If $(X,\tau)$ is a topological space, we can consider the product topology on $X\times X$ and take the closure of the diagonal $\Delta_X = \{(x,x): x\in X\}$, which we denote by $\mathrm{cl}(\Delta_X)$. Obviously, $\mathrm{cl}(\Delta_X)$ is a symmetric binary relation.

Now we can take things upside down: Let $X$ be a set and let $R\subseteq X\times X$ be a reflexive and symmetric relation. Is there a topology $\tau$ on $X$ such that $\mathrm{cl}(\Delta_X)=R$?

  • $\begingroup$ That's right - I just edited my post accordingly. Thanks! $\endgroup$ – Dominic van der Zypen Sep 2 '14 at 12:46
  • $\begingroup$ Consider at least 4-point set $X$, and an involution $\ i:X\rightarrow X\ $ without any fixed point (i.e. $\ (i\circ i)(x)=x\ne i(x)\ $ for every $\ x\in X).\ $ Let $\ R:= \{(x\ y)\in X\times x: y\ne x \}.\ $ Then on one hand $X$ would be discrete, while on the other hand $R$ is different from the diagonal $\ \{(x\ x):x\in X\}.$ $\endgroup$ – Włodzimierz Holsztyński Sep 2 '14 at 13:38
  • $\begingroup$ I said discrete but it can be anything because the would be space would not be a topological space. $\endgroup$ – Włodzimierz Holsztyński Sep 2 '14 at 13:46
  • $\begingroup$ Just for non-general-topologists, Bourbaki has proved that a topological space $\ X\ $ is Hausdorff $\ \Leftrightarrow\ $ the diagonal of $\ X\times X\ $ is closed. Thus indeed for each fixed point free involution in any at least 4-point space we gat a counterexample. $\endgroup$ – Włodzimierz Holsztyński Sep 2 '14 at 14:02
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    $\begingroup$ @WlodzimierzHolsztynski I suggest that you post your comment as an answer. $\endgroup$ – Joel David Hamkins Sep 2 '14 at 14:20

The answer is no, not necessarily. For a counterexample, let $X=\mathbb{R}$ and let $aRb\iff a=b \text{ or } |a-b|\geq 1$, the "equal or differ by at least one" relation. This is symmetric and reflexive. Suppose $\tau$ is a topology on $\mathbb{R}$ with $\text{cl}(\Delta)=R$. For any real number $k$, the $k^{\rm th}$ slice in the plane leads to $(k-1,k)\cup(k,k+1)$ being open with respect to $\tau$. By taking intersections of such sets, we get tiny open intervals $(a,b)$ being open, and this violates $\text{cl}(\Delta)=R$.

  • $\begingroup$ Thanks! - Is it also possible to find an equivalence relation $R$ on a set $X$ such that there is no topology $\tau$ on $X$ such that $\mathrm{cl}(\Delta_X) = R$? $\endgroup$ – Dominic van der Zypen Sep 2 '14 at 13:29
  • $\begingroup$ Sorry, I’m missing something. How can you get a tiny interval by taking unions of unbounded sets? $\endgroup$ – Emil Jeřábek Sep 2 '14 at 13:30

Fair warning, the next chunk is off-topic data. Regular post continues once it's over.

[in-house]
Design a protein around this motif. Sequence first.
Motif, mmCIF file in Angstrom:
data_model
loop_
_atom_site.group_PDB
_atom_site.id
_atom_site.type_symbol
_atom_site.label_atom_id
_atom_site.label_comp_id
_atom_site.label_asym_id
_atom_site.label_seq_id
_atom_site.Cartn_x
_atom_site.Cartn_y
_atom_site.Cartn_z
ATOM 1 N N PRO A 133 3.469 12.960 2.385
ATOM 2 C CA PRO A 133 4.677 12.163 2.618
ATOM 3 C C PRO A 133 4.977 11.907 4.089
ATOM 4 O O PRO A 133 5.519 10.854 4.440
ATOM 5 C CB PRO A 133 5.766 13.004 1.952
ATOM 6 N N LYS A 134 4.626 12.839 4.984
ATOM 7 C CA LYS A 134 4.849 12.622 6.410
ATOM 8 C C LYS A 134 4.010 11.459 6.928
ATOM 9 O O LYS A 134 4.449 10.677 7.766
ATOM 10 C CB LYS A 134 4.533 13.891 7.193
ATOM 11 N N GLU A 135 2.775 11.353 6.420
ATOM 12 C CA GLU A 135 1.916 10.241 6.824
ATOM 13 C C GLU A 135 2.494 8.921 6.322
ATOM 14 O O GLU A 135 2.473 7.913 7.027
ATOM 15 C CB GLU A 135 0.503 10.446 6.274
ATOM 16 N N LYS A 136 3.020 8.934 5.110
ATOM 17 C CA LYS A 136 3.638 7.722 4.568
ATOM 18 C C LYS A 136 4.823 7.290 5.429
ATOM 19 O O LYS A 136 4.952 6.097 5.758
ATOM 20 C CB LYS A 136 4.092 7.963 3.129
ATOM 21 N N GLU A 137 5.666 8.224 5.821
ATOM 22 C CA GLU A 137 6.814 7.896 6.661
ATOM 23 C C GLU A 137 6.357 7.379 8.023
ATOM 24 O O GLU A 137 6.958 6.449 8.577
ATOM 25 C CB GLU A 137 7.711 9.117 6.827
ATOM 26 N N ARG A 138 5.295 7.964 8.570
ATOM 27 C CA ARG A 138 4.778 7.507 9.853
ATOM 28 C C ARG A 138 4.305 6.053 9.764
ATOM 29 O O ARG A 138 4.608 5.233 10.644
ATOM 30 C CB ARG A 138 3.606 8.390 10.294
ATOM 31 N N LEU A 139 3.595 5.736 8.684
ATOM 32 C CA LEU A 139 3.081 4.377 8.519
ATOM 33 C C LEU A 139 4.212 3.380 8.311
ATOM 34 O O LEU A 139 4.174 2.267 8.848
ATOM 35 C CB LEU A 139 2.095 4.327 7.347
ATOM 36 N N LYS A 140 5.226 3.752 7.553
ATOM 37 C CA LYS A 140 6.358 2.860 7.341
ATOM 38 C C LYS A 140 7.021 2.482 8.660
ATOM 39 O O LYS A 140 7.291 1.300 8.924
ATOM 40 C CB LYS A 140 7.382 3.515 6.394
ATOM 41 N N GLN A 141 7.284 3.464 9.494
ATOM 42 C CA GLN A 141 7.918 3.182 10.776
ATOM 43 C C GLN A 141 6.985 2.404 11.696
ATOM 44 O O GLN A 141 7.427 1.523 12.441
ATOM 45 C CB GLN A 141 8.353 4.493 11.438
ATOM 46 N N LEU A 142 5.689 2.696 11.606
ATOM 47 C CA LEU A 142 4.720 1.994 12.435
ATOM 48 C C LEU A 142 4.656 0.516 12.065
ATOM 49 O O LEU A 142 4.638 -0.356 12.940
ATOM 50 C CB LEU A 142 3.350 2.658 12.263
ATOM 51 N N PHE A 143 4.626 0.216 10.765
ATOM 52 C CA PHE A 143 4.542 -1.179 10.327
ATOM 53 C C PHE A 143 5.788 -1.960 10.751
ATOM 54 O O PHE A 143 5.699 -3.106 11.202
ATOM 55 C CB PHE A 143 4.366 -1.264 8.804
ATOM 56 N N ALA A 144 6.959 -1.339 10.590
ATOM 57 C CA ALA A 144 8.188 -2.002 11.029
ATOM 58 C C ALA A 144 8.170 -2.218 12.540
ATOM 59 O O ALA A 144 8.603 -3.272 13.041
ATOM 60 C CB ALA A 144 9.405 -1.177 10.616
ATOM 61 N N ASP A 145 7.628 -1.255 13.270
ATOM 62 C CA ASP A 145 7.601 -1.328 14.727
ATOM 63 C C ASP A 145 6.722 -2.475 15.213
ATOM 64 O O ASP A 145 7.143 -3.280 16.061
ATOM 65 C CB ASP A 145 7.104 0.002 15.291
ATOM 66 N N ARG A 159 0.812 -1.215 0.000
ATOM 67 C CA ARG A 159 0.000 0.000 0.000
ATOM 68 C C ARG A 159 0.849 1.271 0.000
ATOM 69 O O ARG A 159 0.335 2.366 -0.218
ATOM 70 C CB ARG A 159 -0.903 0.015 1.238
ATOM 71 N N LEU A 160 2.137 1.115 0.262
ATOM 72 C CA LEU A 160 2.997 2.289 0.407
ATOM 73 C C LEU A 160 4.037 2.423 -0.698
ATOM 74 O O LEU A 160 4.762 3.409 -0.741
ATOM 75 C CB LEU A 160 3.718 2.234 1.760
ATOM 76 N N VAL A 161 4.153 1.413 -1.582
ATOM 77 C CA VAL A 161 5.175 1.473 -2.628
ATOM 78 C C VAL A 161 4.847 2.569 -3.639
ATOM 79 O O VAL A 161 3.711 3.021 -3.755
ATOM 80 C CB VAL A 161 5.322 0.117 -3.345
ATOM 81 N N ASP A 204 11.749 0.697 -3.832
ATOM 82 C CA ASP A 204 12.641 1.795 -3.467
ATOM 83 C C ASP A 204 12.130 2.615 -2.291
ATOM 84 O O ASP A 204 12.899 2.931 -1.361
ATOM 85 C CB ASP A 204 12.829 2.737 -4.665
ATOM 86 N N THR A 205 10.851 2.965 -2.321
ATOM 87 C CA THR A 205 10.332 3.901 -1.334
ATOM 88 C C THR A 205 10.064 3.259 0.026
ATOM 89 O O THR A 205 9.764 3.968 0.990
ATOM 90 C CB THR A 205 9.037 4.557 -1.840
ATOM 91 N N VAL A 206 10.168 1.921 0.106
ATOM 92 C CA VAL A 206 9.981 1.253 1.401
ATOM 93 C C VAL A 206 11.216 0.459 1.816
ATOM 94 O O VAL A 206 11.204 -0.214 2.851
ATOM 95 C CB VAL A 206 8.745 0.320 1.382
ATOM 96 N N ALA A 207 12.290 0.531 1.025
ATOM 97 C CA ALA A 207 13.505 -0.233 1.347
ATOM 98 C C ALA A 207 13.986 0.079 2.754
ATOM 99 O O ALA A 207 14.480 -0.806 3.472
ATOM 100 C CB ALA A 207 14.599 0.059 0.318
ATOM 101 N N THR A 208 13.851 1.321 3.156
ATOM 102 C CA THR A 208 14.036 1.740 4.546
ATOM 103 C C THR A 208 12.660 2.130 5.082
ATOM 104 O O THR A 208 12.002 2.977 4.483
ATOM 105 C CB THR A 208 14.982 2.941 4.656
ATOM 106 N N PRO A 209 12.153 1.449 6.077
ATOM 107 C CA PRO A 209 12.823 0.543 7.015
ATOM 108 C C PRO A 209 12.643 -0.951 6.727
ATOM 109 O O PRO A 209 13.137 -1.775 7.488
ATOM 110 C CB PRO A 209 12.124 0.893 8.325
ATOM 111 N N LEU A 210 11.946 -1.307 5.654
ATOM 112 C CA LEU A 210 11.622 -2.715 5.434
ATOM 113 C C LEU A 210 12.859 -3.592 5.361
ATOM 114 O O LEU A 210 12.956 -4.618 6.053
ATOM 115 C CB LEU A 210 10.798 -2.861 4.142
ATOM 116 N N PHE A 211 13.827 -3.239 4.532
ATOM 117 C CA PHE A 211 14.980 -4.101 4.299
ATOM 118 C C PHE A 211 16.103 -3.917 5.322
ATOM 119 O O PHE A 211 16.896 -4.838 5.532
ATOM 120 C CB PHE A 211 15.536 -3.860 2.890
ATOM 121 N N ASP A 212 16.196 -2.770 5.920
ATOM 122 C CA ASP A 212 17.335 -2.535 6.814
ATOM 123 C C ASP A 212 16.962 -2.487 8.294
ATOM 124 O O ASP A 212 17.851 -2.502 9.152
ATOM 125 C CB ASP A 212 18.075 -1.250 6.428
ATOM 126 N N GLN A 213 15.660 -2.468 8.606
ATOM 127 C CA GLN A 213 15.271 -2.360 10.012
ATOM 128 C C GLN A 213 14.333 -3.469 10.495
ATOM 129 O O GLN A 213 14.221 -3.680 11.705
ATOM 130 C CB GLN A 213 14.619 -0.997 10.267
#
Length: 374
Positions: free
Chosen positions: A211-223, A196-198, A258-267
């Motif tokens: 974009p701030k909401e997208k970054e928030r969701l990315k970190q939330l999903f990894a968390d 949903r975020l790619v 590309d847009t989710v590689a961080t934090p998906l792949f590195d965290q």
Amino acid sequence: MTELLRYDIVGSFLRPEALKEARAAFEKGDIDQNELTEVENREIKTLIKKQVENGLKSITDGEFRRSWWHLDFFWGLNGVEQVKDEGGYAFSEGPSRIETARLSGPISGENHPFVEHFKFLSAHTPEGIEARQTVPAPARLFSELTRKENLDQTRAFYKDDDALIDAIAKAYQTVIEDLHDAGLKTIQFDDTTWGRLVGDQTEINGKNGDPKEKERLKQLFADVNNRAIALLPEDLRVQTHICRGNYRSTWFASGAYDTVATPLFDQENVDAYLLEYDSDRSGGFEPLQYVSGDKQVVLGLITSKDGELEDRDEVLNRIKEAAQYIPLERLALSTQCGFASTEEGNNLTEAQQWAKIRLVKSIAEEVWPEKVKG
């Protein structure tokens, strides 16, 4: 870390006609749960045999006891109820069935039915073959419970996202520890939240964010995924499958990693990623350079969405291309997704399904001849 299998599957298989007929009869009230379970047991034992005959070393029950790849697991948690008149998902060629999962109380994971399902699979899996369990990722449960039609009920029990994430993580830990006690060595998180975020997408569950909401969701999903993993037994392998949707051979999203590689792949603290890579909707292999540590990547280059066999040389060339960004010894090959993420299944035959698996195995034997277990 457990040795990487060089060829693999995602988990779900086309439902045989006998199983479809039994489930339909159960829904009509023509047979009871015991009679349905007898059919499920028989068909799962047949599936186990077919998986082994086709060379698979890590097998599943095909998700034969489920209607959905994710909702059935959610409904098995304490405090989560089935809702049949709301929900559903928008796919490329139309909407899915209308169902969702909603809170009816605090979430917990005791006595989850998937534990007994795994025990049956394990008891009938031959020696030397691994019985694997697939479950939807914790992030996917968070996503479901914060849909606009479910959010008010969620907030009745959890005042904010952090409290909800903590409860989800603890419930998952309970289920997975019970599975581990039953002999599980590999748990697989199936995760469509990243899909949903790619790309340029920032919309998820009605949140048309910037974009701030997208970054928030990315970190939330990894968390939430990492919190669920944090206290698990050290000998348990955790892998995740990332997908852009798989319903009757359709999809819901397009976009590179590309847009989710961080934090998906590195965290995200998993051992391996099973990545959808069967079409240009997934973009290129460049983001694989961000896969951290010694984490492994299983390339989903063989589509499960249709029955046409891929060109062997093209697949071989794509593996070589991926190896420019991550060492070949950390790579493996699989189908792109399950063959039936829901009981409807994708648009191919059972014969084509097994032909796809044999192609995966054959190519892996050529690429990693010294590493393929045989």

• $\begingroup$ No, I believe every equivalence relation will be the closure of the diagonal, if you take the discrete topology on the classes, with the indiscrete topology inside each class. The relation $R$ looks like a diagonal bunch of squares. $\endgroup$ – Joel David Hamkins Sep 2 '14 at 13:30
  • $\begingroup$ Emil, oops, I have confused two versions of examples I was looking at. I edited with a different argument--does it work now? $\endgroup$ – Joel David Hamkins Sep 2 '14 at 13:32
  • $\begingroup$ Hi @dominiczypen!, I didn´t know you were on MO! I just mentioned you in my answer, what are the odds? $\endgroup$ – Ramiro de la Vega Sep 2 '14 at 13:37

Let $\ |X|\ge 4,\ $ e.g. $\ X := \mathbb Z/4.\ $ Let $\ j : X\rightarrow X\ $ be an involution without any fixed point, i.e. $\ (j\circ j)(x) = x \ne j(x)\ $ for every $\ x\in X;\ $ e.g. $\ j(x) = x+2 \mod 4\ $. Let

$$ R\ :=\ \{ (x\ y)\in X^2\ :\ y\ne j(x) \} $$

Then there does not exist a topology $\ T\ $ in $\ X\ $ such that $\ R\ $ is the closure of the diagonal $\ D := \{ (x\ x):\ x\in X\}\ \subseteq X^2$.

PROOF   By a contradiction, let $\ T\ $ be a topology in $\ X\ $ as described above. The functions $\ I_X : X\rightarrow X\ $ and $\ \imath_x : \{x\} \rightarrow X\ $ such $\ I(t):=t\ $ for every $\ t\in X\ $ and $\ \imath_x(x):=x\ $ are continuous. Thus the diagonal product $\ I_X\Delta\imath_x : X\rightarrow X^2\ $ is continuous; and so is the projection $\ \pi_1:X^2\rightarrow X\ $ given by $\ \pi_1(t\ u) := t.\ $ It follows that the canonical bijection

$$\ b_x := \pi_1|X\times\{x\} :\ X\times \{x\} \rightarrow X$$

is a homeomorphism. Thus $\ X\setminus\{\imath(y)\} = \pi_1(R\ \cap\ X\times \{y\}\ $ is closed in $\ X\ $ for each $\ y\in X,\ $ hence $\ \{x\}\ $ is open in $\ X\ $ for $\ y:=j(x);\ $ this means that $\ \{x\} $ is open for every $\ x\in X,\ $ i.e. $\ X\ $ would be Hausdorff. However the closure $\ R\ $ of the diagonal is different from the diagonal--a contradiction. (so much for an intro to Gen. Top.; sorry to be boring).


According to this article of Colasante and Van Der Zypen, it is an open problem to characterize those reflexive and symmetric relations for which there is such a topology. If we restrict ourselves to $T_2$ topologies then we all know that only the identity relation admitts one. In the paper I just mentioned, Colasnate and Van Der Zypen show that an equivalence relation on an infinite $X$ admits a $T_1$ topology if and only if it has infinitely many equivalence classes or every finite equivalence class is a singleton.


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